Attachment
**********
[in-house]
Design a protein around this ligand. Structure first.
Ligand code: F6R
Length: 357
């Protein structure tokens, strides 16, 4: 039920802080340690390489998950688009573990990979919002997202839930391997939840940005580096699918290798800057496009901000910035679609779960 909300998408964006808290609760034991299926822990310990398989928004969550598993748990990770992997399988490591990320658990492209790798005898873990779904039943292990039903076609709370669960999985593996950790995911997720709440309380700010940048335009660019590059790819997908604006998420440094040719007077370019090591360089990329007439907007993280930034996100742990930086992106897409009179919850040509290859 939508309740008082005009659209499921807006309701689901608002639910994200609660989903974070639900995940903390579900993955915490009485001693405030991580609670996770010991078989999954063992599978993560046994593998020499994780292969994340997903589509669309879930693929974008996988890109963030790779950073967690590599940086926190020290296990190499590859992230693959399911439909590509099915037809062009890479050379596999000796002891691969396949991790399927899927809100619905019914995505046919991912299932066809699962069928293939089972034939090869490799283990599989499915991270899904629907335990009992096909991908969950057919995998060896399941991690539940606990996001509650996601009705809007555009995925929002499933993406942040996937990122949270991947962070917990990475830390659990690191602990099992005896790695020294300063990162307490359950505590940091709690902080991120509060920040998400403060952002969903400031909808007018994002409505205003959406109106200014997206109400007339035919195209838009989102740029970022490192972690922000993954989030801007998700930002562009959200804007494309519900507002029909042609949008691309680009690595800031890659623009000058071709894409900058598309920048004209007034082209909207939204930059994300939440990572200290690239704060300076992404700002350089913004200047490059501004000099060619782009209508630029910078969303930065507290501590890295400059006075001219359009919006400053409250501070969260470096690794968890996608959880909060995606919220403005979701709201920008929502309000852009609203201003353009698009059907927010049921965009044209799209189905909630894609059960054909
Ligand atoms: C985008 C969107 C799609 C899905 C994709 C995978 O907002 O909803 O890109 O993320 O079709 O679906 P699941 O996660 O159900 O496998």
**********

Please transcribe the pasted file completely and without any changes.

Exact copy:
[in-house]
Design a protein around this ligand. Structure first.
Ligand code: F6R
Length: 357
């Protein structure tokens, strides 16, 4: 039920802080340690390489998950688009573990990979919002997202839930391997939840940005580096699918290798800057496009901000910035679609779960 909300998408964006808290609760034991299926822990310990398989928004969550598993748990990770992997399988490591990320658990492209790798005898873990779904039943292990039903076609709370669960999985593996950790995911997720709440309380700010940048335009660019590059790819997908604006998420440094040719007077370019090591360089990329007439907007993280930034996100742990930086992106897409009179919850040509290859 939508309740008082005009659209499921807006309701689901608002639910994200609660989903974070639900995940903390579900993955915490009485001693405030991580609670996770010991078989999954063992599978993560046994593998020499994780292969994340997903589509669309879930693929974008996988890109963030790779950073967690590599940086926190020290296990190499590859992230693959399911439909590509099915037809062009890479050379596999000796002891691969396949991790399927899927809100619905019914995505046919991912299932066809699962069928293939089972034939090869490799283990599989499915991270899904629907335990009992096909991908969950057919995998060896399941991690539940606990996001509650996601009705809007555009995925929002499933993406942040996937990122949270991947962070917990990475830390659990690191602990099992005896790695020294300063990162307490359950505590940091709690902080991120509060920040998400403060952002969903400031909808007018994002409505205003959406109106200014997206109400007339035919195209838009989102740029970022490192972690922000993954989030801007998700930002562009959200804007494309519900507002029909042609949008691309680009690595800031890659623009000058071709894409900058598309920048004209007034082209909207939204930059994300939440990572200290690239704060300076992404700002350089913004200047490059501004000099060619782009209508630029910078969303930065507290501590890295400059006075001219359009919006400053409250501070969260470096690794968890996608959880909060995606919220403005979701709201920008929502309000852009609203201003353009698009059907927010049921965009044209799209189905909630894609059960054909
Ligand atoms: C985008 C969107 C799609 C899905 C994709 C995978 O907002 O909803 O890109 O993320 O079709 O679906 P699941 O996660 O159900 O496998």